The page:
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Sexual and Gender Identity Disorders | APA’s proposed changes (part 2) – DSM-5

The previous post with the first version of the proposed changes can be found here.

A few notes before the quoted text.

  • The big changes from the last revision (not from the last DSM) are that

1. they’ve dropped ‘gender incongruence’ and gone with ‘gender dysphoria’

2. they have added a ‘B’ criteria of distress and

3. they have added a ‘post-transition’ specifier.

  • Version 5 of the book is due out May 2013
  • the current commenting period will end on June 15, 2011.
  • This is the APA DSM 5 (American Psychiatric Association) site.  The APA “writes” the DSM (Diagnostic and Statistical Manual)
  • It’s important because this will be one of the key tools for how mental health professions view and define gender issues for the coming decade.

The following (in blue) is quoted from the APA site:

_________________________________________________________

Updated May 4, 2011

 Gender Dysphoria (in Adolescents or Adults)**

A. A marked incongruence between one’s experienced/expressed gender and assigned gender, of at least 6 months duration, as manifested by 2* or more of the following indicators: [2, 3, 4]**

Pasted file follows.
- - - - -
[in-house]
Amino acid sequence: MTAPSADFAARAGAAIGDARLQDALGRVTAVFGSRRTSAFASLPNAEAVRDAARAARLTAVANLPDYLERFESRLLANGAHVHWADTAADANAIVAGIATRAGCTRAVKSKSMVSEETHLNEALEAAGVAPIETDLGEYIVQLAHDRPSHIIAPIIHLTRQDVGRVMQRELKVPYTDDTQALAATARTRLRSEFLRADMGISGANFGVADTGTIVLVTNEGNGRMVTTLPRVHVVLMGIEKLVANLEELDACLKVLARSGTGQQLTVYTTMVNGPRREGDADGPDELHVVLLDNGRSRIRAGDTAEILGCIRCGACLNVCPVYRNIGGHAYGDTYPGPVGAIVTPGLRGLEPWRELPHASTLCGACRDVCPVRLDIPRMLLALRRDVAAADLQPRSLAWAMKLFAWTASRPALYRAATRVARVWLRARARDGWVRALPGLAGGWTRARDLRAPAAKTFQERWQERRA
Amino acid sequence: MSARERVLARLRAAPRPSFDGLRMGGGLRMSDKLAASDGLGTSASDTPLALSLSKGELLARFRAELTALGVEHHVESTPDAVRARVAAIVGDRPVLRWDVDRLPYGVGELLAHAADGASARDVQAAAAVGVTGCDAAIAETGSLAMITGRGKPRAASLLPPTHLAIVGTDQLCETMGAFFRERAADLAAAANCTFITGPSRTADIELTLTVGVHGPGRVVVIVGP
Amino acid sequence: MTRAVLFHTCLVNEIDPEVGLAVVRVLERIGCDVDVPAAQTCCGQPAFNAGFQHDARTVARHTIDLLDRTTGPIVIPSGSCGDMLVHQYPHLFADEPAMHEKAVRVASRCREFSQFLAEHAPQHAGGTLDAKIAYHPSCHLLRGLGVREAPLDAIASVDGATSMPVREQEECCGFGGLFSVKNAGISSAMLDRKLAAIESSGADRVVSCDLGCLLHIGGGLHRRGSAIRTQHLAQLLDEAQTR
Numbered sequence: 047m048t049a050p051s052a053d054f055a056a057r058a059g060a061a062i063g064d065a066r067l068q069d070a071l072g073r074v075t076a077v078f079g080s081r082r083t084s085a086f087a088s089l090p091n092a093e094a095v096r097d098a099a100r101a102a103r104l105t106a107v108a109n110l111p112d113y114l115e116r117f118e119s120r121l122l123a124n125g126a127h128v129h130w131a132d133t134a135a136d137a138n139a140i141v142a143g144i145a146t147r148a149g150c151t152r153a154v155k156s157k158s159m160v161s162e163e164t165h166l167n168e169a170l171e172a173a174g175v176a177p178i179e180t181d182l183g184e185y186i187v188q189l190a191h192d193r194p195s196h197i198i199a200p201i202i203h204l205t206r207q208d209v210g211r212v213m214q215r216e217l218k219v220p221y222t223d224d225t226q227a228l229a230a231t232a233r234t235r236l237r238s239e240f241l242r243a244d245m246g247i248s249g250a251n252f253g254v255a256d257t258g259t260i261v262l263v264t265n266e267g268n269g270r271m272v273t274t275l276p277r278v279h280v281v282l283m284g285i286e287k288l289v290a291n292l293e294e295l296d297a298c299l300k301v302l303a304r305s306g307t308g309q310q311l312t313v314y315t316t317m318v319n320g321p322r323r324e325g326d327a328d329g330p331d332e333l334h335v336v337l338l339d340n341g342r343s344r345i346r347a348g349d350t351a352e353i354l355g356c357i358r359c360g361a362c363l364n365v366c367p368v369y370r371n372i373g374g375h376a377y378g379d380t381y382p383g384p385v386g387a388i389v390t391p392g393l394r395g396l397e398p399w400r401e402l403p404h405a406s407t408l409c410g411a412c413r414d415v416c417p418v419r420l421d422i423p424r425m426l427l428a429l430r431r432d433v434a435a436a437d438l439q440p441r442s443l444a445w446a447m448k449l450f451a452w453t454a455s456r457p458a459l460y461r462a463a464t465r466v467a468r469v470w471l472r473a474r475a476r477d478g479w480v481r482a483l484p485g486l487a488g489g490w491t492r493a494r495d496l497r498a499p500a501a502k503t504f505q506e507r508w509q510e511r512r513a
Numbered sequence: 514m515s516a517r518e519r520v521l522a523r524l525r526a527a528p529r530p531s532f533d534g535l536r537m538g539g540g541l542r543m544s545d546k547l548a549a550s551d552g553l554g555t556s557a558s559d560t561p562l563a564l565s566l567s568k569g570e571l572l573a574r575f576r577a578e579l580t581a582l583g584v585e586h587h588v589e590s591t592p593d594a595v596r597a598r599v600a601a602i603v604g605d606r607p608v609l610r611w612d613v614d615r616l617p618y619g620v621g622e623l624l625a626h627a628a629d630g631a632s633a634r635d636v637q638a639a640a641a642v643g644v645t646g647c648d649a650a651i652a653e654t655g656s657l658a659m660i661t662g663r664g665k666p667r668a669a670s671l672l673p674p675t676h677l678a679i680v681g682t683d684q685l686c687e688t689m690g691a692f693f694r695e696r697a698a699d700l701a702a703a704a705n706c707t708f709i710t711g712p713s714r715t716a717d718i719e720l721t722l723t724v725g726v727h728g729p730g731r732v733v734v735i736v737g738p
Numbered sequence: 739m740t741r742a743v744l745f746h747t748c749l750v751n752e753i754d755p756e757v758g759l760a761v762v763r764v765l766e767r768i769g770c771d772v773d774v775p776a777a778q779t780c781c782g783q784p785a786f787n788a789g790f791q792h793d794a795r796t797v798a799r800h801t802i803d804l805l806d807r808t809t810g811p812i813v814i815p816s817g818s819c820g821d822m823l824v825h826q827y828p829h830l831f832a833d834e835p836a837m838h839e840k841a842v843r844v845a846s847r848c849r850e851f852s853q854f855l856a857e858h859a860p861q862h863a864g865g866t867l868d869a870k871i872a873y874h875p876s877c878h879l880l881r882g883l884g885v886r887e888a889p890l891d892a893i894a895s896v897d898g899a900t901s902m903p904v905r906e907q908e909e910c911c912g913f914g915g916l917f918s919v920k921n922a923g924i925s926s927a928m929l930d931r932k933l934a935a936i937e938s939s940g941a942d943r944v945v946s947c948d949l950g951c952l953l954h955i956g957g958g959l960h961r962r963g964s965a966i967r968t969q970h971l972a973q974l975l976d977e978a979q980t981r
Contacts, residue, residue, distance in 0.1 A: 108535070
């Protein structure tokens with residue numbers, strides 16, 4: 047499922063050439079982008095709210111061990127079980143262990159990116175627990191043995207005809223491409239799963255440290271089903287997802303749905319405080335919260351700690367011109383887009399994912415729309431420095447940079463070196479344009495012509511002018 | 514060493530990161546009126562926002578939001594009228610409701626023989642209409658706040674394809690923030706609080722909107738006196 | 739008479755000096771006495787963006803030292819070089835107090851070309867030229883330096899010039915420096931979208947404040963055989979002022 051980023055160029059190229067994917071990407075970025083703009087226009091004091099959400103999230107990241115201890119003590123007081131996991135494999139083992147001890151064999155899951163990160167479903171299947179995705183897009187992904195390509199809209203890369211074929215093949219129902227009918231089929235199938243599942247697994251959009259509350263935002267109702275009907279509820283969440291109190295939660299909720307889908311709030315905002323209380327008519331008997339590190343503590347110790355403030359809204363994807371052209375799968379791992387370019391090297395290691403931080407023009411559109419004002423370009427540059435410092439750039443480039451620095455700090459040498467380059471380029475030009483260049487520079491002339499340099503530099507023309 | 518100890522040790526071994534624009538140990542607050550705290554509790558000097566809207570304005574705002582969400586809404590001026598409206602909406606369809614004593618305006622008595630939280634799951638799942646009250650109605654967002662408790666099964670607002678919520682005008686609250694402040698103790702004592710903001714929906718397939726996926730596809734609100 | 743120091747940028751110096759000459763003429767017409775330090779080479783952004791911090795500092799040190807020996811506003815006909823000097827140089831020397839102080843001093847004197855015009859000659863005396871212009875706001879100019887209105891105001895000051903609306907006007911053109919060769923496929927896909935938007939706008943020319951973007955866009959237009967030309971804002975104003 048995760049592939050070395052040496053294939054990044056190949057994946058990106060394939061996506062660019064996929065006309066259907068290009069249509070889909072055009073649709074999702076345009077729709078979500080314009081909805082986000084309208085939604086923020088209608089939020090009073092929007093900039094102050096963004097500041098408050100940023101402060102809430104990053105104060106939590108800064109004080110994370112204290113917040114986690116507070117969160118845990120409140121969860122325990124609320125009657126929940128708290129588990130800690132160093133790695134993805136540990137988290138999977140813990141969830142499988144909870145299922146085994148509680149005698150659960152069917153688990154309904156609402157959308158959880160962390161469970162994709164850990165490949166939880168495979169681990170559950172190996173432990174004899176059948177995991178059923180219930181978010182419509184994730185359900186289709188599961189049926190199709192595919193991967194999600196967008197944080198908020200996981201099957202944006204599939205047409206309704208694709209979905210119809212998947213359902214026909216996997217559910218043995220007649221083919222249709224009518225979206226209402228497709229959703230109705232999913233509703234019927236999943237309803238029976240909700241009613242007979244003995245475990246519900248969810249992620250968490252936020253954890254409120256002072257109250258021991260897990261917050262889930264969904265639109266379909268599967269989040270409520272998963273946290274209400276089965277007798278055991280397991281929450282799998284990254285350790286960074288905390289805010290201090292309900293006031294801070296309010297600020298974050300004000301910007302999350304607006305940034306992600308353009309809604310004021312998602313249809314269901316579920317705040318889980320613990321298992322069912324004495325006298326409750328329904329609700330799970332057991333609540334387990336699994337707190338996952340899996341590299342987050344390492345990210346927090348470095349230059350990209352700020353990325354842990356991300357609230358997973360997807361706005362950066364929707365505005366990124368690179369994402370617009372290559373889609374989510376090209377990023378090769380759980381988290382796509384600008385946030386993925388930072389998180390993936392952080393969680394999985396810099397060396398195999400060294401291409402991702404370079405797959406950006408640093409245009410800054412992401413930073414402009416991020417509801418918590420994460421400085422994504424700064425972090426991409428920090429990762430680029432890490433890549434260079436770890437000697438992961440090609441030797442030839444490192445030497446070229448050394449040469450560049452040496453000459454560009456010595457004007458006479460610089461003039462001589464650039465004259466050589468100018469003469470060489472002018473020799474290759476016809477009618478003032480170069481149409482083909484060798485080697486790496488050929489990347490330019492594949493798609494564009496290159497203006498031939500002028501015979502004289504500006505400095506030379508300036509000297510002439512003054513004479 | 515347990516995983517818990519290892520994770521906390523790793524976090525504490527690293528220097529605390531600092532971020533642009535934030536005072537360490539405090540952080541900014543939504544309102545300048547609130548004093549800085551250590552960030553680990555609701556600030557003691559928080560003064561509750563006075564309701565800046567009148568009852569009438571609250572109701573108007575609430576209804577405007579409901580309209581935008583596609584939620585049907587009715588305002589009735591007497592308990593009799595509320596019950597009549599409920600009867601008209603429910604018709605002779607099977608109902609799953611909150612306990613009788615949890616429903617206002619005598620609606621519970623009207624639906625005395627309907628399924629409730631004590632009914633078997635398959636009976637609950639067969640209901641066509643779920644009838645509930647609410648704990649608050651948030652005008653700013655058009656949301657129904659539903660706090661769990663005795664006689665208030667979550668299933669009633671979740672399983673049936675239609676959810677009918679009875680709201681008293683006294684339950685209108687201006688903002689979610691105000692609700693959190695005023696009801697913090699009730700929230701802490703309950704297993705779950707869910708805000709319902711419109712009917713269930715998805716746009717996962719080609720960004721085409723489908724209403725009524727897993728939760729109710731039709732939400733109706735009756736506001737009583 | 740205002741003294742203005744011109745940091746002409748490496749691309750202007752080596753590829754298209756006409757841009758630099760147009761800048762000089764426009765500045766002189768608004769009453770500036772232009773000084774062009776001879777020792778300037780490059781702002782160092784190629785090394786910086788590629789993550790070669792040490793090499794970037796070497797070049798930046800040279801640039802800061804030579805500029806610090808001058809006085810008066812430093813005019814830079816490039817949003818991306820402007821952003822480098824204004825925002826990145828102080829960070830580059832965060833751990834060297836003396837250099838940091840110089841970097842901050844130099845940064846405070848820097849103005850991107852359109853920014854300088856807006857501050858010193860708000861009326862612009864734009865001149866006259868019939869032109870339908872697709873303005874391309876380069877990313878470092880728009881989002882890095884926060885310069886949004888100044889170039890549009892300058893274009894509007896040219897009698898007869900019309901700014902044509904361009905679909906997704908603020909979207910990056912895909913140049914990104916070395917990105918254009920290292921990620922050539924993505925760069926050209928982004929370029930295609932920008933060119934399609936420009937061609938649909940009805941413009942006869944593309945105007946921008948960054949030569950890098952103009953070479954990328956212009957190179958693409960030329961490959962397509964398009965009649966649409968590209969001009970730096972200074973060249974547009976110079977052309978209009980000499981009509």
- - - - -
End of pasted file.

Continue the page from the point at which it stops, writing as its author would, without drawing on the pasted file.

1. a marked incongruence between one’s experienced/expressed gender and primary and/or secondary sex characteristics (or, in young adolescents, the anticipated secondary sex characteristics) [13, 16]

2. a strong desire to be rid of one’s primary and/or secondary sex characteristics because of a marked incongruence with one’s experienced/expressed gender (or, in young adolescents, a desire to prevent the development of the anticipated secondary sex characteristics) [17]

3. a strong desire for the primary and/or secondary sex characteristics of the other gender

4. a strong desire to be of the other gender (or some alternative gender different from one’s assigned gender)

5. a strong desire to be treated as the other gender (or some alternative gender different from one’s assigned gender)

6. a strong conviction that one has the typical feelings and reactions of the other gender (or some alternative gender different from one’s assigned gender)

B. The condition is associated with clinically significant distress or impairment in social, occupational, or other important areas of functioning,  or with a significantly increased risk of suffering, such as distress or disability** 

Subtypes

With a disorder of sex development [14]

Without a disorder of sex development

See also: [15, 16, 19]

Specifier**

Post-transition, i.e., the individual has transitioned to full-time living in the desired gender (with or without legalization of gender change) and has undergone (or is undergoing) at least one cross-sex medical procedure or treatment regimen, namely, regular cross-sex hormone treatment or gender reassignment surgery confirming the desired gender (e.g., penectomy, vaginoplasty in a natal male, mastectomy, phalloplasty in a natal female).

Note: Three changes have been made since the initial website launch in February 2010: the name of the diagnosis, the addition of the B criterion, and the addition of a specifier. Definitions and criterion under A remain unchanged.

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